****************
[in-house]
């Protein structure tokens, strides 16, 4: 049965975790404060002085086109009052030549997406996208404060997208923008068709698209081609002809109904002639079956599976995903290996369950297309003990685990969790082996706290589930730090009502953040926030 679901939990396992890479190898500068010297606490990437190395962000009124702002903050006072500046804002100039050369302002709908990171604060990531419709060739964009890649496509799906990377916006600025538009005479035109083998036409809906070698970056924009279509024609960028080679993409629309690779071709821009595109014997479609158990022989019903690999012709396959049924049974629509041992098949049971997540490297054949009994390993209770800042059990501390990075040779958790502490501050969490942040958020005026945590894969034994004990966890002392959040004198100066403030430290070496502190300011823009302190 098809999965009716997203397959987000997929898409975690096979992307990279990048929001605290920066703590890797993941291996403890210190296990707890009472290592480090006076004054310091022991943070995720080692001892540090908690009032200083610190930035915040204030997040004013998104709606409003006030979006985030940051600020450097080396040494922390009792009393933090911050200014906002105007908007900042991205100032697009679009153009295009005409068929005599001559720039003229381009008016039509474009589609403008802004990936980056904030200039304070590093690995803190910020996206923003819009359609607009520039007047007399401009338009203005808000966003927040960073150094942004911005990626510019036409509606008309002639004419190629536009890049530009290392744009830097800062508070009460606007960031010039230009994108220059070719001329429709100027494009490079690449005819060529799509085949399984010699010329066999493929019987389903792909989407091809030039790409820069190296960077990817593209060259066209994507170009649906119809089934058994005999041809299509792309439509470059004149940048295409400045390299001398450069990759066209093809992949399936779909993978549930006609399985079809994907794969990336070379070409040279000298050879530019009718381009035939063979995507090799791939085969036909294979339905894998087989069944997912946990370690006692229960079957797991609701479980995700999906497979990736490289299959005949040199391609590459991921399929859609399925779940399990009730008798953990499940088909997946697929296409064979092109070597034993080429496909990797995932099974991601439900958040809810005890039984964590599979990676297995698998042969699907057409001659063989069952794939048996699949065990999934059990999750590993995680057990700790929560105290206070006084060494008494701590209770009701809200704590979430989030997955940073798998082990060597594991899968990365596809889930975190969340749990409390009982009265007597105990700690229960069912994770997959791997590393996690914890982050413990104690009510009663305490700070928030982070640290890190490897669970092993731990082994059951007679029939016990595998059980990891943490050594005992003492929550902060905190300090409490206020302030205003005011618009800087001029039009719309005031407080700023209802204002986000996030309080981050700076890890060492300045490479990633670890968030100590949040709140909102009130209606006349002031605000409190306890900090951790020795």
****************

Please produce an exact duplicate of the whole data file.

[in-house]
């Protein structure tokens, strides 16, 4: 049965975790404060002085086109009052030549997406996208404060997208923008068709698209081609002809109904002639079956599976995903290996369950297309003990685990969790082996706290589930730090009502953040926030 679901939990396992890479190898500068010297606490990437190395962000009124702002903050006072500046804002100039050369302002709908990171604060990531419709060739964009890649496509799906990377916006600025538009005479035109083998036409809906070698970056924009279509024609960028080679993409629309690779071709821009595109014997479609158990022989019903690999012709396959049924049974629509041992098949049971997540490297054949009994390993209770800042059990501390990075040779958790502490501050969490942040958020005026945590894969034994004990966890002392959040004198100066403030430290070496502190300011823009302190 098809999965009716997203397959987000997929898409975690096979992307990279990048929001605290920066703590890797993941291996403890210190296990707890009472290592480090006076004054310091022991943070995720080692001892540090908690009032200083610190930035915040204030997040004013998104709606409003006030979006985030940051600020450097080396040494922390009792009393933090911050200014906002105007908007900042991205100032697009679009153009295009005409068929005599001559720039003229381009008016039509474009589609403008802004990936980056904030200039304070590093690995803190910020996206923003819009359609607009520039007047007399401009338009203005808000966003927040960073150094942004911005990626510019036409509606008309002639004419190629536009890049530009290392744009830097800062508070009460606007960031010039230009994108220059070719001329429709100027494009490079690449005819060529799509085949399984010699010329066999493929019987389903792909989407091809030039790409820069190296960077990817593209060259066209994507170009649906119809089934058994005999041809299509792309439509470059004149940048295409400045390299001398450069990759066209093809992949399936779909993978549930006609399985079809994907794969990336070379070409040279000298050879530019009718381009035939063979995507090799791939085969036909294979339905894998087989069944997912946990370690006692229960079957797991609701479980995700999906497979990736490289299959005949040199391609590459991921399929859609399925779940399990009730008798953990499940088909997946697929296409064979092109070597034993080429496909990797995932099974991601439900958040809810005890039984964590599979990676297995698998042969699907057409001659063989069952794939048996699949065990999934059990999750590993995680057990700790929560105290206070006084060494008494701590209770009701809200704590979430989030997955940073798998082990060597594991899968990365596809889930975190969340749990409390009982009265007597105990700690229960069912994770997959791997590393996690914890982050413990104690009510009663305490700070928030982070640290890190490897669970092993731990082994059951007679029939016990595998059980990891943490050594005992003492929550902060905190300090409490206020302030205003005011618009800087001029039009719309005031407080700023209802204002986000996030309080981050700076890890060492300045490479990633670890968030100590949040709140909102009130209606006349002031605000409190306890900090951790020795």